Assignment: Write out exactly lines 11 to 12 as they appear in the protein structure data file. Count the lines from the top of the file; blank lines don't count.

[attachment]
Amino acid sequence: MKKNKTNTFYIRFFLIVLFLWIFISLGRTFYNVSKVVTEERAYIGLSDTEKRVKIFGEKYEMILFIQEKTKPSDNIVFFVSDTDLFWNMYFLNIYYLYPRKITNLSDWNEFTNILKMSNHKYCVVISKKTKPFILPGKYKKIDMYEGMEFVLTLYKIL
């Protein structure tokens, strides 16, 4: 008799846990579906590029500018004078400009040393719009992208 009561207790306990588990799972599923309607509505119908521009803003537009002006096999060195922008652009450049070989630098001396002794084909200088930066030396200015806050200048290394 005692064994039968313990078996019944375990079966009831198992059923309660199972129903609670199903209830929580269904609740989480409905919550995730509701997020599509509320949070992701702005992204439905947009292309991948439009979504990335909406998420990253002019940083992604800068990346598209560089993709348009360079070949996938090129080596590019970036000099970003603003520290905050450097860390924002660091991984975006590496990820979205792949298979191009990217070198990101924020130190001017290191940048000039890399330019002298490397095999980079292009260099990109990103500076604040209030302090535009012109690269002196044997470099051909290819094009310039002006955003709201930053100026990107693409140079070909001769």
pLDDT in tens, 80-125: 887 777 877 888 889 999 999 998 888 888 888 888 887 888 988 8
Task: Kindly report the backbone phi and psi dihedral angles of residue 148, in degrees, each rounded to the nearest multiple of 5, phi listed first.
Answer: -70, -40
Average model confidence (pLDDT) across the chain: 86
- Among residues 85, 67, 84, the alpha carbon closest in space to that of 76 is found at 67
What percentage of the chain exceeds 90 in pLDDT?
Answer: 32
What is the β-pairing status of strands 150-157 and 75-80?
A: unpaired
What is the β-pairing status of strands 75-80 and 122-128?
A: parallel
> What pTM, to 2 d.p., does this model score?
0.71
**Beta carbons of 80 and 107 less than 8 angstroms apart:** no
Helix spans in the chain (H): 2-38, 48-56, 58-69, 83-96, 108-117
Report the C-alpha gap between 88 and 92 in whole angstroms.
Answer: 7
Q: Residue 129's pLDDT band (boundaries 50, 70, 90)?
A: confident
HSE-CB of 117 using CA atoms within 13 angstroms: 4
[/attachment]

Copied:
A: unpaired
What is the β-pairing status of strands 75-80 and 122-128?